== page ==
Eight men and seven women have become the first people to sit on a jury in Aberdeen in almost a year.
The trial of Keith Harper at Aberdeen Sheriff Court has now begun, with the jury appearing via video link from the nearby Vue cinema on Shiprow for the first time.
The 15 members of the public watched proceedings from the comfort of the new high-tech remote jury centre at the cinema, taking advantage of the state-of-the-art sound system to hear every word said in court.
In the courtroom, additional microphones and cameras have been installed, as well as a huge bank of TV screens, sitting at the back of the empty jury box, which displays the jurors in the cinema.
It comes after jury trials ground to a halt across the country last year at the start of the coronavirus pandemic.
Ahead of the first witness giving evidence, Sheriff William Summers told the jurors: “Covid has led to jurors having to attend outwith the court building.
“Although you are physically remote, you are not remote in any other sense.
“You can see and hear us, and we can see and hear you. That means you can’t stand up to leave if you need to go to the toilet, and you can’t stand up to stretch your legs.”
The jury is sitting on the case of Keith Harper, 55, who is accused of assaulting his partner at the time to her severe injury by punching her to the head, causing her to fall into a chair, seizing her by the hair and repeatedly punching and kicking her to the head and body.
It is alleged the incident took place on January 22 2019 at Harper’s flat at the time on Lamond Place, Aberdeen.
Harper, now of Fullerton Court, Aberdeen, denies the charge against him, and lodged a special defence of self defence.
At the start of the trial, a joint minute of agreed evidence was read to the jury, stating the complainer, Rachel Thomson, was taken to Aberdeen Royal Infirmary at around 7.50pm on January 22 2019 with fractures to her eye socket and check, which required surgery.
It was also agreed that Harper was seen to have an injury to his chin which was bleeding when he was dealt with by police on the same evening.
The first witness
Fiscal depute Katy Begg called Ms Thomson as the first witness in the case, and asked her about the incident.
Ms Thomson told the court she had drunk half a bottle of wine at Harper’s before he asked her to leave.
The witness said Harper made reference to her having made an offensive comment about his daughter, and added: “I was knocked backwards into the chair. He punched me on the left side of the face.”
Asked how she felt at that point she replied: “Stunned, shocked.”
Ms Begg asked the witness: “When you were knocked on to the chair, what, if anything, did Mr Harper do?”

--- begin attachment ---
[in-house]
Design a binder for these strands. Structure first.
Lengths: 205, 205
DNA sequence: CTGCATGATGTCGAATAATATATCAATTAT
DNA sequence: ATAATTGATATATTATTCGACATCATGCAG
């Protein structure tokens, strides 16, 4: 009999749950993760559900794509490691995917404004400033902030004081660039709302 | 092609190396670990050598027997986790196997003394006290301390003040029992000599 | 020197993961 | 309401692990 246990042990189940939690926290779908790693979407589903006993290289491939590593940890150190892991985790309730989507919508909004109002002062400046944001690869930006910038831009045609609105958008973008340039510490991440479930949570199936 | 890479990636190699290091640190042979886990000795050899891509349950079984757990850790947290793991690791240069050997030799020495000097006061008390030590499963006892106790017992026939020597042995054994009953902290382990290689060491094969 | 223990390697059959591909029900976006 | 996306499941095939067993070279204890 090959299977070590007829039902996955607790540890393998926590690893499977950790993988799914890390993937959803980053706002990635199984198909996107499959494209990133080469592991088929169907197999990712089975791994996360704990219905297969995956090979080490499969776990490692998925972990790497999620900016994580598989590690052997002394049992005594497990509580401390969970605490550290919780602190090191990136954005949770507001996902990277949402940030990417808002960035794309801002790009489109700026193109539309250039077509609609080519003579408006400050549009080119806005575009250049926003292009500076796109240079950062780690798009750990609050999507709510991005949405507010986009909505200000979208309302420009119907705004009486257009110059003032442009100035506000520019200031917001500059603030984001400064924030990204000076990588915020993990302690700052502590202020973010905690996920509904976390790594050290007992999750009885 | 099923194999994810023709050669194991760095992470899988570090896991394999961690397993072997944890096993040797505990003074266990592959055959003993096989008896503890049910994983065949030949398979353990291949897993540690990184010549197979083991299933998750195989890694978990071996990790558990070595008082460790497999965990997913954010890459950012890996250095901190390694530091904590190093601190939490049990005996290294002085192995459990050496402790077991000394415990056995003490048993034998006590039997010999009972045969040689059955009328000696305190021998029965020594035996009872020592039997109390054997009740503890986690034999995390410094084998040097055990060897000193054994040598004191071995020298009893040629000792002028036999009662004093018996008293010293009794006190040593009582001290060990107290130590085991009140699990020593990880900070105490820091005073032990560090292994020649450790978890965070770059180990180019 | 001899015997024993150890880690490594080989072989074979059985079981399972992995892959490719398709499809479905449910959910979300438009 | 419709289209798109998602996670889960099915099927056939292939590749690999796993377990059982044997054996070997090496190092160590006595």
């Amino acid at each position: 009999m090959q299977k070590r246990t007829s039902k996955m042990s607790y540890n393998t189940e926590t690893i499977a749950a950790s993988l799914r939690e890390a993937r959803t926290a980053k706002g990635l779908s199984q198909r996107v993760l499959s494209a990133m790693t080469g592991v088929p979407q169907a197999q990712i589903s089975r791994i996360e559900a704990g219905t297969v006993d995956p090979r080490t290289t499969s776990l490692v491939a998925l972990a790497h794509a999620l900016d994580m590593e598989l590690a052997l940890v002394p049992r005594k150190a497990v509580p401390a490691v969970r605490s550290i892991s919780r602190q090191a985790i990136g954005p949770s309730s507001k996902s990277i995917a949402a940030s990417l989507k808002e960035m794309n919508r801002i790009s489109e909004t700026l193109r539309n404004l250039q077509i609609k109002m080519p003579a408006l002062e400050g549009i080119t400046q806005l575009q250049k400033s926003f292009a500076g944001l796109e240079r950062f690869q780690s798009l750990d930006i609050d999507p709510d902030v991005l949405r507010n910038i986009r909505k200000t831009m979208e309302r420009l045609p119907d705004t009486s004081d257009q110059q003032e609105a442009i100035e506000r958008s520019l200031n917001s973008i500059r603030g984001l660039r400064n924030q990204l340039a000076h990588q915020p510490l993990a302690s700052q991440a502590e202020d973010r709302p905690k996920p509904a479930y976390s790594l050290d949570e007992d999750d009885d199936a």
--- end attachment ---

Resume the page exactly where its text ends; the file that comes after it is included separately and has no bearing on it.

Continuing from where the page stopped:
Ms Thomson said: “He looked at me and said ‘look at the state of you’.”
She added this made her feel “degraded”.
The fiscal asked Ms Thomson what Harper did when she was leaving the flat. She replied: “I was just away to open the door and he punched me on the back of the neck. I hit my head off the door.”
The court was shown CCTV of Ms Thomson attending at nearby corner shop L&M Stores on Hutcheon Street and phoning 999. A recording of the call was played to the jury.
Ms Begg asked Ms Thomson: “At any point were you kicked by Mr Harper during the incident you have described?”
She replied: “No.”
Cross-examining the witness, defence agent Gregor Kelly put it to Ms Thomson that she had had more than half a bottle of wine, and had also been drinking lager earlier in the day, which she denied.
He added: “did you have any other substances, prescribed or otherwise?”
Ms Thomson replied: “You’re going to make me look bad because I’m on methadone.”
Mr Kelly asked: “Is it not the case you’re told not to drink with methadone?”
The witness said: “I’m advised not to drink.”
Mr Kelly asked Ms Thomson if she had “taken” anything while in the toilet at Harper’s, which she denied.
The solicitor said his client’s positon was that Ms Thomson had been in the toilet for some time and when she came out she said she was “just using” Harper and made an offensive comment about his daughter, at which point he asked her to leave.
Ms Thomson denied having been in the toilet at all, adding: “I’ve got no reason to say anything like that to him.”
Mr Kelly put it to the witness that she was “aggressive” to Harper and “clamped” her mouth on his chin and scratched him while he said “let go, let go”.
The witness replied: “That’s rubbish.”
Mr Kelly said his client then punched Ms Thomson once when she would not let go.
Sergeant Richard Arton
Evidence was also given by Sergeant Richard Arton who arrested Harper.
Under questioning from Ms Begg, the witness said an upset Harper had told him Ms Thomson had “gone crazy” and that he had “had to push her out the flat and lock the door”.
The trial continues.